In today's highly mobile, highly digital and highly connected world, healthcare marketing comes down to one word: consumer.
It's no longer enough to prop a billboard up on the side of the highway or hope mom and dad glance at the newspaper ad while sipping their morning cup of coffee. Like every other service industry on the planet, healthcare must comb through terabytes of data to assess patient needs and develop fresh marketing campaigns that cut across multiple distribution channels, especially digital.
Modern Healthcare Managing Editor Matthew Weinstock recently conducted a roundtable conversation with marketing executives from three organizations whose innovative outreach campaigns won a Healthcare Marketing IMPACT Award. The IMPACT Awards recognize achievements in healthcare marketing and are jointly handed out by Modern Healthcare and Ad Age.
Modern Healthcare: Let's start by talking about the campaigns you are being honored for with an IMPACT Award. Patrick, you humanized Cape Cod Healthcare by tapping into employees and patients in the campaign. What were you hoping to achieve?
Patrick Kane: One of the things that was a primary driver is that we're a regional healthcare system now. We compete against Boston hospitals, which are world-class. We've done some pretty sophisticated things here in cardiology and neurosurgery, and we thought that would be reflected best by our patients. While we've become a regional referral center, and almost a tertiary hospital in the Cape Cod community, we still want to showcase the expertise that we have here and that's personified by people.
There are only 225,000 year-round residents, so the people who come here have trained mostly in Boston, and by putting them out there, it's shown a level of sophistication with a touch of humanizing it. They're friends and neighbors who are highly trained experts in their field. It actually came from our CEO, Michael Lauf, who had seen something similar and thought that was a great way for us to tell our story. Staff were chosen by their directors, managers and supervisors because they embody what our mission is, and they represent the hospital well, during and after work.
MH: Dana, somewhat the same question for you. Presence Health is in a highly competitive market in Chicago and you've had a challenge getting a foothold, at least in name brand recognition. As you looked at what you wanted to achieve, how did Presence go about developing the strategy that culminated in the “This is Presence” campaign?
Dana Gilbert: Our research showed that about 80% of consumers want a compassionate relationship with their healthcare provider, while only about 22% actually experience it. Often patients feel as if they're treated like a number or as part of the healthcare machine. So we looked at that and really understood what made us different. With our Catholic heritage and our patients-first mentality, we wanted to show that our healthcare professionals are really, truly caring about their patients and that we have a mission to provide quality, compassionate care.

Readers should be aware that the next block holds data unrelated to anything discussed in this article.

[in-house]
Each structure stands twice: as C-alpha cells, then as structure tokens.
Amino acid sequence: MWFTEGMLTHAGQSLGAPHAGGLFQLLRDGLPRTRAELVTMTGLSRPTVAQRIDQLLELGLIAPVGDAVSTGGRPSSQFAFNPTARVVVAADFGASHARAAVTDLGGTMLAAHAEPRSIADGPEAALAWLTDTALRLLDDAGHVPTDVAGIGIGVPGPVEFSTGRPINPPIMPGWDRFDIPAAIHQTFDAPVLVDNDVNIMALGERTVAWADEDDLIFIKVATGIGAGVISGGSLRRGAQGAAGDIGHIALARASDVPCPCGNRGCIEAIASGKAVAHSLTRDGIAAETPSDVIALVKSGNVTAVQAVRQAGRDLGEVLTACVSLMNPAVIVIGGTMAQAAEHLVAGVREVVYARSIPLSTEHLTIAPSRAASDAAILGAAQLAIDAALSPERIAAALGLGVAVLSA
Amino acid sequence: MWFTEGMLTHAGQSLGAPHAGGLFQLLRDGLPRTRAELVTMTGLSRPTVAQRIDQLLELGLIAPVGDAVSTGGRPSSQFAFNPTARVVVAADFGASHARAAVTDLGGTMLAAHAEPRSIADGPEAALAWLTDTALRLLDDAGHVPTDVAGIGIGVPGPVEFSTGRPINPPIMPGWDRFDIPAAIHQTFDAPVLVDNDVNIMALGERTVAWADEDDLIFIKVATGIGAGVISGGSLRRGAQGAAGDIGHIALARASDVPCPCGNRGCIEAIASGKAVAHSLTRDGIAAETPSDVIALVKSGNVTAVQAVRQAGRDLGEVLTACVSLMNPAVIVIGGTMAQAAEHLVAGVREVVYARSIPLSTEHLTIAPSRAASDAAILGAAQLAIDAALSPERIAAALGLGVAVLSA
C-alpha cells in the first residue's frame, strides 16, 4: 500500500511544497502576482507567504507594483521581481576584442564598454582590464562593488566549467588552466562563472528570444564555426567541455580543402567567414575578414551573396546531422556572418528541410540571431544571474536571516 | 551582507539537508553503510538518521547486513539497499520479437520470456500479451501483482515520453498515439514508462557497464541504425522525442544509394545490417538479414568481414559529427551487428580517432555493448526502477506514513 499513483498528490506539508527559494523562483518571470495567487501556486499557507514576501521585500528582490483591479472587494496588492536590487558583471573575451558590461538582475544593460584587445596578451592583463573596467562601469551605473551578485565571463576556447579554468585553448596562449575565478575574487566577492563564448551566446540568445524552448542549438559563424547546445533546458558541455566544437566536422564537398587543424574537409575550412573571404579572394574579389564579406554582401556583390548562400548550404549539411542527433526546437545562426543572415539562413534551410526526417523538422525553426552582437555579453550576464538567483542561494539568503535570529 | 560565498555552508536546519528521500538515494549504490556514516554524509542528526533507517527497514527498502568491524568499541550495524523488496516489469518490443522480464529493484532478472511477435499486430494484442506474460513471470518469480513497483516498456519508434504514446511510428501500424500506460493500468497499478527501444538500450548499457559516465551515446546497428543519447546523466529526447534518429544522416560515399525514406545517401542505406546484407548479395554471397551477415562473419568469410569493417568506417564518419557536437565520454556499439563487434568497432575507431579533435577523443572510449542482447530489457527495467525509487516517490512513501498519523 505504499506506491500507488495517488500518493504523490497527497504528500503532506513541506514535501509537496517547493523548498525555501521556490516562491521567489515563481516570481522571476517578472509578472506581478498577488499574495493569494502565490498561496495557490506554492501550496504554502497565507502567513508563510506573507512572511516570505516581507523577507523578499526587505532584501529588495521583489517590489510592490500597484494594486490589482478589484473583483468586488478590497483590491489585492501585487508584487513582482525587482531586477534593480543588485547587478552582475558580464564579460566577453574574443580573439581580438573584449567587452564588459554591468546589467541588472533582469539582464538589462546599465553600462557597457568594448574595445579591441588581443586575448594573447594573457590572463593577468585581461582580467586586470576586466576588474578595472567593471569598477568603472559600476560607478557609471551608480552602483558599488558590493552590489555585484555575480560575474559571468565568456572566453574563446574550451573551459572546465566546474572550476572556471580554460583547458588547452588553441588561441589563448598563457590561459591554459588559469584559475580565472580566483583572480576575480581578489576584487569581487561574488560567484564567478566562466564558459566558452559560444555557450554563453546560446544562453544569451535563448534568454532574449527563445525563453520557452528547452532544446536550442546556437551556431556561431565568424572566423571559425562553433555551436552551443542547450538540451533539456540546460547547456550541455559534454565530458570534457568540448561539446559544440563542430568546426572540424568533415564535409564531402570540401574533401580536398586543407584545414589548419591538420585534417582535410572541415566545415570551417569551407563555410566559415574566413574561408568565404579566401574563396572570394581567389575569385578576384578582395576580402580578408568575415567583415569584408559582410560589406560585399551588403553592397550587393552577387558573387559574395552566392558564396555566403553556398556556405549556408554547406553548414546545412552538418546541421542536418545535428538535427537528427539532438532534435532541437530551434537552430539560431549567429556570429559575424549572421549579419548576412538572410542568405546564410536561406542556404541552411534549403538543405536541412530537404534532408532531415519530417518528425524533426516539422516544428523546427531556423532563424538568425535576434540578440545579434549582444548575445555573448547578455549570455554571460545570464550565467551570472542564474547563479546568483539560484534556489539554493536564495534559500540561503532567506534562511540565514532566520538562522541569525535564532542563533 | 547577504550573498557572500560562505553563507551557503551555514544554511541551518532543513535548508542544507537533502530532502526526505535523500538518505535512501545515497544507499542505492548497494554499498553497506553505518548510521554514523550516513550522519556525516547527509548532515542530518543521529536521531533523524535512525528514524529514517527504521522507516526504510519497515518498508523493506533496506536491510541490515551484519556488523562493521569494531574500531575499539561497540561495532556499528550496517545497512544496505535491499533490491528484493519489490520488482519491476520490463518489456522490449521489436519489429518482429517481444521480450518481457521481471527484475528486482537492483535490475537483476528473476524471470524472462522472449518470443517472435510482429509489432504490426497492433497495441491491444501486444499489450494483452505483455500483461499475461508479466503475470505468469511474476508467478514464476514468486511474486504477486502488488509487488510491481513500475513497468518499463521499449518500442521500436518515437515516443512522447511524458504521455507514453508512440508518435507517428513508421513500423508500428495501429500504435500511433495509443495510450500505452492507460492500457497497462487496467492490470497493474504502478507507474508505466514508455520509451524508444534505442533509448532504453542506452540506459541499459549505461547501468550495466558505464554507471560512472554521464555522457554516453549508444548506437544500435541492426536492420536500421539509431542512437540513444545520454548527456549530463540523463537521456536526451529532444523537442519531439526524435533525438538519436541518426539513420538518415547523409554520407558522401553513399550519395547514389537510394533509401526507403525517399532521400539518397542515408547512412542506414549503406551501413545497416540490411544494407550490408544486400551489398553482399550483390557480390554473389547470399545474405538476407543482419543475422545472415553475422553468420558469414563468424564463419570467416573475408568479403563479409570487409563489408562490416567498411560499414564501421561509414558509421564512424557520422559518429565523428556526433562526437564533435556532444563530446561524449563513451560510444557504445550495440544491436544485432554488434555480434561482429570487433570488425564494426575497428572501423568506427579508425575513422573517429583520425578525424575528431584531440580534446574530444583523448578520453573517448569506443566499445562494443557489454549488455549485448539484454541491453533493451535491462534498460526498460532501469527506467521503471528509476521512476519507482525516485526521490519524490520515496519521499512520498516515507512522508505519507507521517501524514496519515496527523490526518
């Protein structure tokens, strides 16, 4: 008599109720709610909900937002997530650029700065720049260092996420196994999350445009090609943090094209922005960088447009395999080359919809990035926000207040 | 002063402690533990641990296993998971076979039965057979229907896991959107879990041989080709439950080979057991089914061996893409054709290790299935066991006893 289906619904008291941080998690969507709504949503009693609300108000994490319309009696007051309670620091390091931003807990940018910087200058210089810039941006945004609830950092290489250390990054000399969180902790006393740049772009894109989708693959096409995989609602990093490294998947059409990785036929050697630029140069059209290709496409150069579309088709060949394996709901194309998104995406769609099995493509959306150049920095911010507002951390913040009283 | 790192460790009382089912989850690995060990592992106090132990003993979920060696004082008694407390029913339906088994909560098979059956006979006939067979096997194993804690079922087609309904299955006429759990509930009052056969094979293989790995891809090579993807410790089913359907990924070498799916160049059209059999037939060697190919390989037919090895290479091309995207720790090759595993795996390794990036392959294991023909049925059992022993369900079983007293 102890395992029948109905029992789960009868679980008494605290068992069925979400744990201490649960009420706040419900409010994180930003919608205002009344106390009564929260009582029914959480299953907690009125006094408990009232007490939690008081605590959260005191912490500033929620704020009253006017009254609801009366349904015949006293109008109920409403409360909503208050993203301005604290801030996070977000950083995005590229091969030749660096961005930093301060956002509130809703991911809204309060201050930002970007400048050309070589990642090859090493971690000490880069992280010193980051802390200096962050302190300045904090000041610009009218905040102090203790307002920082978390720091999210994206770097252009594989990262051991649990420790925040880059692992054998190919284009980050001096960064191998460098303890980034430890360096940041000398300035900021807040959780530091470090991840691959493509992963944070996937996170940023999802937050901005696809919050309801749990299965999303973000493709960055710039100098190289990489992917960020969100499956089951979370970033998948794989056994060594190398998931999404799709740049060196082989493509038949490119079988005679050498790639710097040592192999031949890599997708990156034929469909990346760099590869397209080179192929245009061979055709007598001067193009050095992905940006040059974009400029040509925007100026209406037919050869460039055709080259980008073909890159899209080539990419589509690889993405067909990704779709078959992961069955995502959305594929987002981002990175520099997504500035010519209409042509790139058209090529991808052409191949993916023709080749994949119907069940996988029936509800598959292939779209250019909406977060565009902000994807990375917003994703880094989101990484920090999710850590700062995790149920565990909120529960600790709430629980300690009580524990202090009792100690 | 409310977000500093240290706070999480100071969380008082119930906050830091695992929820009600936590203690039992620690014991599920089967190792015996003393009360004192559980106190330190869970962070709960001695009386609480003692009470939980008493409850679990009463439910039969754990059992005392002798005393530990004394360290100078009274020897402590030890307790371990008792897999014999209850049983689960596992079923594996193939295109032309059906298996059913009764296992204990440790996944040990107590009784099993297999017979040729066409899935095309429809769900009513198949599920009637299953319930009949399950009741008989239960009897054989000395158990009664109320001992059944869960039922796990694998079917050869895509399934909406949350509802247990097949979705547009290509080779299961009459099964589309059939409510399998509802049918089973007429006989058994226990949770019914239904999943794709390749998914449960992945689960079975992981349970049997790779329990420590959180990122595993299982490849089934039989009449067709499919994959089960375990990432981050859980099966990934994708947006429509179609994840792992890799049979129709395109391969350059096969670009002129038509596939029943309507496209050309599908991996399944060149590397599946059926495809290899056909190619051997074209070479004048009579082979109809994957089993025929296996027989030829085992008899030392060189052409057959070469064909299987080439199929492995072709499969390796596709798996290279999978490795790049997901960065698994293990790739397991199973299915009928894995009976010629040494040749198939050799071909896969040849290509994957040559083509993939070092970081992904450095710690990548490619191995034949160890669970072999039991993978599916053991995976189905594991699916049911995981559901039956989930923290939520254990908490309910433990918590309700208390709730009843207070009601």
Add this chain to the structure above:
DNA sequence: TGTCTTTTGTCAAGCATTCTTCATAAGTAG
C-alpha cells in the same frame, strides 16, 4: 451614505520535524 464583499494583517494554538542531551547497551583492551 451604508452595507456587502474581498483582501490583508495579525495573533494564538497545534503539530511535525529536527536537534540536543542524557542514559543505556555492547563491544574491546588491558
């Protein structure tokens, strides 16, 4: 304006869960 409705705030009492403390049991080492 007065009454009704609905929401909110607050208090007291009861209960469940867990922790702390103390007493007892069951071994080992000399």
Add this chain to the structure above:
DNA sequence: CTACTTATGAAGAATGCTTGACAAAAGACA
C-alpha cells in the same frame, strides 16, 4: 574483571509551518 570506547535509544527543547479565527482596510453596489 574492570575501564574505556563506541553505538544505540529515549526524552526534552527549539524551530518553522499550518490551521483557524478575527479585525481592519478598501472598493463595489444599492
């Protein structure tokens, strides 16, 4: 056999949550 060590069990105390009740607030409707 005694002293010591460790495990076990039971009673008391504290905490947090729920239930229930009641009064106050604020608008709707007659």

MH: Kendra, the Avera Health campaign is a little bit different in that you looked at retooling a website that seemed a bit unwieldy; 9,000 some-odd pages; you had subsites for almost every specialty. What was your mindset in this digital environment?
Kendra Calhoun: We had an opportunity to take a new look at what public relations is, and we defined it as including our digital strategy. Digital strategy was tucked underneath public relations for the specific reason of building a relationship with consumers, because we could see where healthcare is going. It's about having that relationship with the consumer. We didn't think our digital strategy could be under marketing because that's a little bit more transactional; public relations is based on a holistic approach and establishing relationships.
Lindsey Meyers: We had a very segmented approach when we took over the website. It just didn't make sense to the people who were going on it. We had over 9,000 pages and that equated with everyone having a piece of the pie. Instead of one page that talked about cardiac rehab and linking that to all the places we offered it, we had 30 pages that talked about cardiac rehab. We really needed to re-look at how we were doing this, so we did a lot of focus grouping with our patients. And then we also did a great amount of buy-in with our administrators to say, “This website really needs to be owned by the consumer and if it's not, then we're doing them a disservice.”
We put the patient at the center of every decision that we made. We heat-mapped, we did scroll mapping, we did segmenting and lots of questions back and forth with patients about what their experience was like.
MH: Have you been able to then trace that back to any changes in terms of appointments, or an uptick in terms of patient usage of Avera?